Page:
According to ASAP's executive director, Kelly Price, the event was part of a nationwide effort to increase awareness regarding underage drinking. While open to the public, the event was aimed at adolescents. More than 100 people showed up for the speech.
Stacy said he earned the nickname 'jailbird' after being arrested for receiving stolen merchandise from his cousin, who had robbed a jewelry store.
However, before he left juvenile detention, he remembered a recurring dream that began when he was 8 years old. On a tiny black-and-white television set, he was barely able to decipher an imposing figure leaning against the goal post and wearing a fedora with a strange pattern on it. He knew then he wanted to play football for that man.
"Dreams are so powerful," Stacy said. "Dreams kept me alive when I was in that cell."
While Stacy never played for Paul “Bear” Bryant, he saw the goal post Bryant leaned on plenty of times throughout his record-setting Alabama career. “If it could happen for this small country boy, it can happen for you,” Stacy said.
After Stacy's talk, Anniston High School jazz band drummer Travis Burton said Stacy's points about standing up to peer pressure resonated with him.
"You've got to have some leadership inside of you," Burton said. "You've got to be an individual."
Price said one of the key teachings of ASAP is dealing with peer pressure. ASAP uses role-playing exercises as a way to teach students how to effectively say no to drugs and alcohol. The program stresses the importance of setting goals, as well as teaching the difference between being assertive and being aggressive.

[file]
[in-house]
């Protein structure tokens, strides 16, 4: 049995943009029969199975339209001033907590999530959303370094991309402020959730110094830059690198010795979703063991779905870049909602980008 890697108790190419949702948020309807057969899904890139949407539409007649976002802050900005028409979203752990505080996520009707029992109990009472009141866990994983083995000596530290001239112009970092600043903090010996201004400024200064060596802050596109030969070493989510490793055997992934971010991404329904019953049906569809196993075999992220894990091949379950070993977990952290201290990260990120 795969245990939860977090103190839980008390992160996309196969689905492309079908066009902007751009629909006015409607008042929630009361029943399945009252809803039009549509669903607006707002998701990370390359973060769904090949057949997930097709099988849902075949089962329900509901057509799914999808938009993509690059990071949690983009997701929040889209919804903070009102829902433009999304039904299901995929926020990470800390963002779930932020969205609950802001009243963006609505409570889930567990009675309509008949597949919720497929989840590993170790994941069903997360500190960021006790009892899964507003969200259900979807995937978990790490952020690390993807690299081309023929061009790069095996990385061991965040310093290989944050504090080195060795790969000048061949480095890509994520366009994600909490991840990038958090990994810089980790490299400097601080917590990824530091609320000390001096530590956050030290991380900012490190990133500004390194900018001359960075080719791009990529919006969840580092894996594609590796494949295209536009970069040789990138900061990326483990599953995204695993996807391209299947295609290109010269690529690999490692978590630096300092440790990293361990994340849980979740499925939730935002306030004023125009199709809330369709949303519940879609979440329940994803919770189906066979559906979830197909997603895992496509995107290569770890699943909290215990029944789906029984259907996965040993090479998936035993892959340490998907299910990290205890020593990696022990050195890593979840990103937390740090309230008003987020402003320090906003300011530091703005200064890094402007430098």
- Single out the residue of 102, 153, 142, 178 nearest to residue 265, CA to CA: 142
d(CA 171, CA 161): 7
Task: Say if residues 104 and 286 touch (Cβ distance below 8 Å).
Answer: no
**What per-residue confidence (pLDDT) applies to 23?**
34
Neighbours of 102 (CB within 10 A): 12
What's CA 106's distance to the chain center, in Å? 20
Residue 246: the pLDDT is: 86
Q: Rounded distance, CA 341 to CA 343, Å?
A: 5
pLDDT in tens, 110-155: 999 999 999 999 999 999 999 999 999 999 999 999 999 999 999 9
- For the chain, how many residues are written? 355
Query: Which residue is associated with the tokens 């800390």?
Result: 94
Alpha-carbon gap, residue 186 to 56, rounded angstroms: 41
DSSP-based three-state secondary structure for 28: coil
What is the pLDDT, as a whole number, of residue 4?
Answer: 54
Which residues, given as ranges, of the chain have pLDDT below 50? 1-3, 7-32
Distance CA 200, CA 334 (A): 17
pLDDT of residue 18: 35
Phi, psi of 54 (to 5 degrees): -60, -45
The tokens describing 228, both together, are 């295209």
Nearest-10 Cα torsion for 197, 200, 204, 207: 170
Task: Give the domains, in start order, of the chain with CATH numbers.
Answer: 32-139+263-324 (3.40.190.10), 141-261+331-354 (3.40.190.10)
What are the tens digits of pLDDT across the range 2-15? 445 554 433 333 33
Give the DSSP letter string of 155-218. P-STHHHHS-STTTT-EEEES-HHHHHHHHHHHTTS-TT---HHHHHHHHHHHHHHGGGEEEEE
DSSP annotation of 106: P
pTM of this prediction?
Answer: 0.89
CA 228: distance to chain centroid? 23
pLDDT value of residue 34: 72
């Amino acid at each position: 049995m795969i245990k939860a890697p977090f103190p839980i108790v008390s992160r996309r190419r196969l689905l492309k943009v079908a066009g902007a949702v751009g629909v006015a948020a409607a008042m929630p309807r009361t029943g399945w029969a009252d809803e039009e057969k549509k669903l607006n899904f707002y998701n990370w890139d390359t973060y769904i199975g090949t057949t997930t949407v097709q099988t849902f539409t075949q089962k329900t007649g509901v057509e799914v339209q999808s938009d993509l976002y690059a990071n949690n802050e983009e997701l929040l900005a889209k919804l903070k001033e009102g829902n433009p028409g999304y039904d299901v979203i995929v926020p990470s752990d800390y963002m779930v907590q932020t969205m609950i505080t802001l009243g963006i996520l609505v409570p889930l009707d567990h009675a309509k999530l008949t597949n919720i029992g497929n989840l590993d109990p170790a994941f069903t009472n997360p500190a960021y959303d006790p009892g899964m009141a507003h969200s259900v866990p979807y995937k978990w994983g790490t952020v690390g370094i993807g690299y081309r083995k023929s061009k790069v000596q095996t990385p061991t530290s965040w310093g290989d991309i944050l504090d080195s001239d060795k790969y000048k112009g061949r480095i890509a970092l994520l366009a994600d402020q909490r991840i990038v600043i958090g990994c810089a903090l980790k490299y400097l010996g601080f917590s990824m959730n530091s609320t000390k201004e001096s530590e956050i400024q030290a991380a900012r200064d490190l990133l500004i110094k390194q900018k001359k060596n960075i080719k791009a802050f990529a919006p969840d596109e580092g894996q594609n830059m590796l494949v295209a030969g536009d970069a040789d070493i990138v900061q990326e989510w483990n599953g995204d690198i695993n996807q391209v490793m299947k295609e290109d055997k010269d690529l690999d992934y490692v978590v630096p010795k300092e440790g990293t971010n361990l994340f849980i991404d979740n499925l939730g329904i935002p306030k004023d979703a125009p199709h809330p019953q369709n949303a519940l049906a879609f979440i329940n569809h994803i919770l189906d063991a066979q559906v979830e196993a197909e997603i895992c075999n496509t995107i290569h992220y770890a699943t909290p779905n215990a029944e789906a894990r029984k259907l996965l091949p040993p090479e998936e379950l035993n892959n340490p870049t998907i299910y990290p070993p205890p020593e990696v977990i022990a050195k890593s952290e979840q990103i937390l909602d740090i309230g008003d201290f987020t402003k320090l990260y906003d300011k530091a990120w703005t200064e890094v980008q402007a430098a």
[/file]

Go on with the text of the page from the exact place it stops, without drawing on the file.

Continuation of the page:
ASAP works mostly in the local middle schools, in part due to the main goal of prevention. Price said the agency is able to instill its message before adolescents reach high school. He said prevention is like planting seeds.
"All you can do is hope they take root," Price said.
Stacy echoed that sentiment, using a tree metaphor. With a young tree, it blows in every direction, but once fully grown, its roots are firmly in place.
"You have to line your actions up to where you're going," Stacy said. "I'm looking for someone's actions to change."
According to Price, ASAP helped a 27-year-old years after his first experience with the program.
“I talked to one gentleman who said he remembered back when he was in elementary school and working with one of our specialists," Price said. "He still uses our methods today."
Staff writer Erich Hilkert: 256-235-3585. On Twitter: @EHilkert_Star.